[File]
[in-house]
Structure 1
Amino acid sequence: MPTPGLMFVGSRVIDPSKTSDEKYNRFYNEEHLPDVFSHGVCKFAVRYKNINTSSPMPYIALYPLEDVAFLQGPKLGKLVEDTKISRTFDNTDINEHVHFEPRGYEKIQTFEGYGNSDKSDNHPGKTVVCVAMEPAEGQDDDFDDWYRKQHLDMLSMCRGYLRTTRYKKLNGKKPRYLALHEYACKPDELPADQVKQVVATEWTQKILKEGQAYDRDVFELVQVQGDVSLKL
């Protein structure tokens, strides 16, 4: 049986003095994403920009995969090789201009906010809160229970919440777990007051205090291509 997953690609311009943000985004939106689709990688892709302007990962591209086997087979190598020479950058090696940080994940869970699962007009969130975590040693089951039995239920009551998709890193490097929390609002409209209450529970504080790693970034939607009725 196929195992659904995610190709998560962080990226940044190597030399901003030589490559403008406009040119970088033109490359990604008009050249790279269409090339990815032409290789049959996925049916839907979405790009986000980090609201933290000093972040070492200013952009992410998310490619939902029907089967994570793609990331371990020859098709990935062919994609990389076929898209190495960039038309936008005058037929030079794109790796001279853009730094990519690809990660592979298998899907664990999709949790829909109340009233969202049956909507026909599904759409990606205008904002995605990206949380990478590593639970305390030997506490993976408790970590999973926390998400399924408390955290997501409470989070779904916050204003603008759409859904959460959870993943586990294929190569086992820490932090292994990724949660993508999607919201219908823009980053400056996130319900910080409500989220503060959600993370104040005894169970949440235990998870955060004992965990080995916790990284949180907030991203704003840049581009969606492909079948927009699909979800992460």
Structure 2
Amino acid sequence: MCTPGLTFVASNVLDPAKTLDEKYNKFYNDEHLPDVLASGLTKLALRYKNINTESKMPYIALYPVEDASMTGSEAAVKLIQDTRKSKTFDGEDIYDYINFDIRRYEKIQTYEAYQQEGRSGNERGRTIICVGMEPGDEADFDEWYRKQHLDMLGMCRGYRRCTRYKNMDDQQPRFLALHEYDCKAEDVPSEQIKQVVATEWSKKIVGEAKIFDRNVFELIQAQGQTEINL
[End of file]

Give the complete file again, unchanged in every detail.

[in-house]
Structure 1
Amino acid sequence: MPTPGLMFVGSRVIDPSKTSDEKYNRFYNEEHLPDVFSHGVCKFAVRYKNINTSSPMPYIALYPLEDVAFLQGPKLGKLVEDTKISRTFDNTDINEHVHFEPRGYEKIQTFEGYGNSDKSDNHPGKTVVCVAMEPAEGQDDDFDDWYRKQHLDMLSMCRGYLRTTRYKKLNGKKPRYLALHEYACKPDELPADQVKQVVATEWTQKILKEGQAYDRDVFELVQVQGDVSLKL
């Protein structure tokens, strides 16, 4: 049986003095994403920009995969090789201009906010809160229970919440777990007051205090291509 997953690609311009943000985004939106689709990688892709302007990962591209086997087979190598020479950058090696940080994940869970699962007009969130975590040693089951039995239920009551998709890193490097929390609002409209209450529970504080790693970034939607009725 196929195992659904995610190709998560962080990226940044190597030399901003030589490559403008406009040119970088033109490359990604008009050249790279269409090339990815032409290789049959996925049916839907979405790009986000980090609201933290000093972040070492200013952009992410998310490619939902029907089967994570793609990331371990020859098709990935062919994609990389076929898209190495960039038309936008005058037929030079794109790796001279853009730094990519690809990660592979298998899907664990999709949790829909109340009233969202049956909507026909599904759409990606205008904002995605990206949380990478590593639970305390030997506490993976408790970590999973926390998400399924408390955290997501409470989070779904916050204003603008759409859904959460959870993943586990294929190569086992820490932090292994990724949660993508999607919201219908823009980053400056996130319900910080409500989220503060959600993370104040005894169970949440235990998870955060004992965990080995916790990284949180907030991203704003840049581009969606492909079948927009699909979800992460």
Structure 2
Amino acid sequence: MCTPGLTFVASNVLDPAKTLDEKYNKFYNDEHLPDVLASGLTKLALRYKNINTESKMPYIALYPVEDASMTGSEAAVKLIQDTRKSKTFDGEDIYDYINFDIRRYEKIQTYEAYQQEGRSGNERGRTIICVGMEPGDEADFDEWYRKQHLDMLGMCRGYRRCTRYKNMDDQQPRFLALHEYDCKAEDVPSEQIKQVVATEWSKKIVGEAKIFDRNVFELIQAQGQTEINL